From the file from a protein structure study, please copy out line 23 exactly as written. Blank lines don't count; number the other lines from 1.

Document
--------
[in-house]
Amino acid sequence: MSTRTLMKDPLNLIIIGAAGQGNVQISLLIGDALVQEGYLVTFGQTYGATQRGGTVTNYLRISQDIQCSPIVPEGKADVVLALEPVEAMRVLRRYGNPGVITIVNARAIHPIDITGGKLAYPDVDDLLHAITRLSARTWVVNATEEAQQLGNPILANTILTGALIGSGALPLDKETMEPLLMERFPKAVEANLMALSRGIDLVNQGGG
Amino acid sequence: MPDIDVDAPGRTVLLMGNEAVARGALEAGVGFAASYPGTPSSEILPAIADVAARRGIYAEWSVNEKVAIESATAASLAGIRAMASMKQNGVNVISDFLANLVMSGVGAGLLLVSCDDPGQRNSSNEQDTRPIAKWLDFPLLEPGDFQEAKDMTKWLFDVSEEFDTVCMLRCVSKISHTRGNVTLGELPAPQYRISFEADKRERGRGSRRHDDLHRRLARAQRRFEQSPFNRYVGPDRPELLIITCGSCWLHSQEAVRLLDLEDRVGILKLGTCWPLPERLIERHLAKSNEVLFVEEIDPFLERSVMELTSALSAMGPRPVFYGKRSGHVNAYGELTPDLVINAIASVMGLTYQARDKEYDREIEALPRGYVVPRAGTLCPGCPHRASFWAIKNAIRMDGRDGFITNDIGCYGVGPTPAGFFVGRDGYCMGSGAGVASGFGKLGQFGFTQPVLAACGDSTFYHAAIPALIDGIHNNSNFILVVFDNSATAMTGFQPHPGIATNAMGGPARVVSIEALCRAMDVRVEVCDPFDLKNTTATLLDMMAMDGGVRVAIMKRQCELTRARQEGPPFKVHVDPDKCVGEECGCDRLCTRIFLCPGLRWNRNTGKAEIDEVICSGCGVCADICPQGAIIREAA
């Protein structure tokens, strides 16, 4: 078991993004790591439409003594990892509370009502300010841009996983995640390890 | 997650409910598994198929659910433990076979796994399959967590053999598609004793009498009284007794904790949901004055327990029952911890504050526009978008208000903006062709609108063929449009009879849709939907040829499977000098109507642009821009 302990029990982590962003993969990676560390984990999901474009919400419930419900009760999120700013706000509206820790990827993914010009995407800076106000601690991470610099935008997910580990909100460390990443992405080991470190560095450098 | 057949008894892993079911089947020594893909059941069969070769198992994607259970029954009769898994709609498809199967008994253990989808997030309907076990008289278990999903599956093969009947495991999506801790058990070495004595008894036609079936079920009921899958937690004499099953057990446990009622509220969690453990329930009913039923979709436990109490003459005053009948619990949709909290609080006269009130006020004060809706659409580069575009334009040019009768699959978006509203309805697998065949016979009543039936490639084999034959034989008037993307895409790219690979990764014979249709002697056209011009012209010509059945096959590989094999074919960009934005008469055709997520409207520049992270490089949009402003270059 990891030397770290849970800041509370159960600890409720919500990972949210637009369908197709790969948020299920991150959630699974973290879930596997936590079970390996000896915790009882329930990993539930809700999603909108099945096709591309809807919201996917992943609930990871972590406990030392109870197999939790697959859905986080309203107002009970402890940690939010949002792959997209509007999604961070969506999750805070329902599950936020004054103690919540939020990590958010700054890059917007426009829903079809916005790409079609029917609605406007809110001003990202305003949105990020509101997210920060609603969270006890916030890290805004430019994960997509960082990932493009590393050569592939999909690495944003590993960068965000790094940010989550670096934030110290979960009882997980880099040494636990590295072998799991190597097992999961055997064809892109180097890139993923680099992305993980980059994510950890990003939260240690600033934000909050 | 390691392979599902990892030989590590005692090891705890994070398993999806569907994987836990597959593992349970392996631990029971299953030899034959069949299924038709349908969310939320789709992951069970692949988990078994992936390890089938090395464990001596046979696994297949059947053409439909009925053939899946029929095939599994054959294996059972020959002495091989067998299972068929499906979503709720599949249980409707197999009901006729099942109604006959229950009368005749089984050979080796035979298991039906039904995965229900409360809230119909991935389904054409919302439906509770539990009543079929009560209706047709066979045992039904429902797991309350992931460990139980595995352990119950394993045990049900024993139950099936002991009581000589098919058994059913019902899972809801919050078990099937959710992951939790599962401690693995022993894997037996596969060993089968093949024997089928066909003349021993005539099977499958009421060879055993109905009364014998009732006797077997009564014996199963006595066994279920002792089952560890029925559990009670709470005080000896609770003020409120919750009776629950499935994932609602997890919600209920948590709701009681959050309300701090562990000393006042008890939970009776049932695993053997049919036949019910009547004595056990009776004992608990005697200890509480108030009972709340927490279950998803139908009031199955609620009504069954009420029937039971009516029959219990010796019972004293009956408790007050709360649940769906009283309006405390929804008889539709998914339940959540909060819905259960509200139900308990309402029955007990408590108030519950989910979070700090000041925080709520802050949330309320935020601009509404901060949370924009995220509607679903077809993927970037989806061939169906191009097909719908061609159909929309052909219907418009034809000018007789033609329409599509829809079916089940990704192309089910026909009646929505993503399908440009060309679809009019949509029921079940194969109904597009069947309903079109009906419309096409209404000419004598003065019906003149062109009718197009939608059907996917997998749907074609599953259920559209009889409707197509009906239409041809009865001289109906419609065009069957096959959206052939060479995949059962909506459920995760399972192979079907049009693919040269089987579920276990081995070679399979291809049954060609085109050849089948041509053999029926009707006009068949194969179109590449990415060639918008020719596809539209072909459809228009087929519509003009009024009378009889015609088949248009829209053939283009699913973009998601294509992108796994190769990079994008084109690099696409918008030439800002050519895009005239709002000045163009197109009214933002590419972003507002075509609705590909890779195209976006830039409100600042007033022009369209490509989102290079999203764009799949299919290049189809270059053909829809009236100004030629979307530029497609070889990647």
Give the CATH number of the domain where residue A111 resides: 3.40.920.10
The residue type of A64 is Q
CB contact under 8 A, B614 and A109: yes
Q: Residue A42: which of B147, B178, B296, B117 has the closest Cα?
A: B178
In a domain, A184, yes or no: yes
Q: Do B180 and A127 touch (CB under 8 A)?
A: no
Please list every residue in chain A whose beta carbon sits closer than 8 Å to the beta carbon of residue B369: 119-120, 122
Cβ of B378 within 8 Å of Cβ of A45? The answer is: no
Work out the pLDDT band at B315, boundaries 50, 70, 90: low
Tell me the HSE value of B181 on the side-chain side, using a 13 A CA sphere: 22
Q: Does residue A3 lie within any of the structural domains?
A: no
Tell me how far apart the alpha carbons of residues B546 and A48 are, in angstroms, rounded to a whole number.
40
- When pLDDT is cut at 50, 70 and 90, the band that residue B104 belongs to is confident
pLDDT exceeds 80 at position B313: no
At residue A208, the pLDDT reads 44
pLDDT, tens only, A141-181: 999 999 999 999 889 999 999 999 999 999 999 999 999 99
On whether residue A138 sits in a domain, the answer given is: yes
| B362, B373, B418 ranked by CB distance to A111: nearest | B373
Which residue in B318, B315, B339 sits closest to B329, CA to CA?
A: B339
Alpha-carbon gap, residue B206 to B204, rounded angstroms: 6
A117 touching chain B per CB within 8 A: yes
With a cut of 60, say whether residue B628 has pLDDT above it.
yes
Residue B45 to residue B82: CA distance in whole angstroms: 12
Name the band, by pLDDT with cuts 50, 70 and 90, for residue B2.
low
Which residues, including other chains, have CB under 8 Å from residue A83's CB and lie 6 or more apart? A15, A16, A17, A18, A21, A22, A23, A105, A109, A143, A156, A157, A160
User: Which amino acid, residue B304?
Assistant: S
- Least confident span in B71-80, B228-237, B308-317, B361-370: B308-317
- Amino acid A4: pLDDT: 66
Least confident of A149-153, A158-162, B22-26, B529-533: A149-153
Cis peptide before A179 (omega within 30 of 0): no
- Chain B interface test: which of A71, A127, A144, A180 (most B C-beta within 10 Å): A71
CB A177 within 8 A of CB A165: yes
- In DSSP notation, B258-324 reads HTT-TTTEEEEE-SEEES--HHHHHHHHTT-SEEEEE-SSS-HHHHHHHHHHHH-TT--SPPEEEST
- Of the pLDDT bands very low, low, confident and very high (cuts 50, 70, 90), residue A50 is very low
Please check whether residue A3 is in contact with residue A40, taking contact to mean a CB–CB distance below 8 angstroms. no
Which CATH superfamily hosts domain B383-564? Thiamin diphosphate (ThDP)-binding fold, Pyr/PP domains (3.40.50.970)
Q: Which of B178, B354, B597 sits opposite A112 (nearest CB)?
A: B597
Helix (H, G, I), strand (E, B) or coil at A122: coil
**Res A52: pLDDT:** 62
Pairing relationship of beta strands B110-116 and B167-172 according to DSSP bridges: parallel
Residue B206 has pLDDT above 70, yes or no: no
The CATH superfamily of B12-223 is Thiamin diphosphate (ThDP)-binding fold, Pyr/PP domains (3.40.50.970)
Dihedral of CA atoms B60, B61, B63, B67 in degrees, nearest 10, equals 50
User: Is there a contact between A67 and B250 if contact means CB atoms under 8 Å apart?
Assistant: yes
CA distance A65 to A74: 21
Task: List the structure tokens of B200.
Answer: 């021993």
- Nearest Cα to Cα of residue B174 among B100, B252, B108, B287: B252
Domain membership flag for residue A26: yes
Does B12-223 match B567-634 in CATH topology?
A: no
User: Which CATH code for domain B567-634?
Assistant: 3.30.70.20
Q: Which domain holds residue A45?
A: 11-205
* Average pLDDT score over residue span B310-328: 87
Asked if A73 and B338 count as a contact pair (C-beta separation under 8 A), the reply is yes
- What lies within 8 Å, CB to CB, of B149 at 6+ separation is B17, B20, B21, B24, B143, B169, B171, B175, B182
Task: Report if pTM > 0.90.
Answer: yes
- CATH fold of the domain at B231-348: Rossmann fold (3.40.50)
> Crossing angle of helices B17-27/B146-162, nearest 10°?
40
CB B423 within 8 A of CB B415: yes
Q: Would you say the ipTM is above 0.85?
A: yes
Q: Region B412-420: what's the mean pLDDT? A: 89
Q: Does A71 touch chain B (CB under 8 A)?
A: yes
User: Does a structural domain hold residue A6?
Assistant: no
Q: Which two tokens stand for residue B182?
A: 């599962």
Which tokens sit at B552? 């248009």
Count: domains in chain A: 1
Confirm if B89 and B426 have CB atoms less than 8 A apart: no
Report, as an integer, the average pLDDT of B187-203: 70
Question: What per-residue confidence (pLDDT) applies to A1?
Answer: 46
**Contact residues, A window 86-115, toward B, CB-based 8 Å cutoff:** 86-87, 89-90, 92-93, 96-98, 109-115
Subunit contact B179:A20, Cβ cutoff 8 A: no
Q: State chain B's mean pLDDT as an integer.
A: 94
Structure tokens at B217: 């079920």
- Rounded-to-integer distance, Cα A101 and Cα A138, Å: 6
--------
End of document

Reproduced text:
At residue A208, the pLDDT reads 44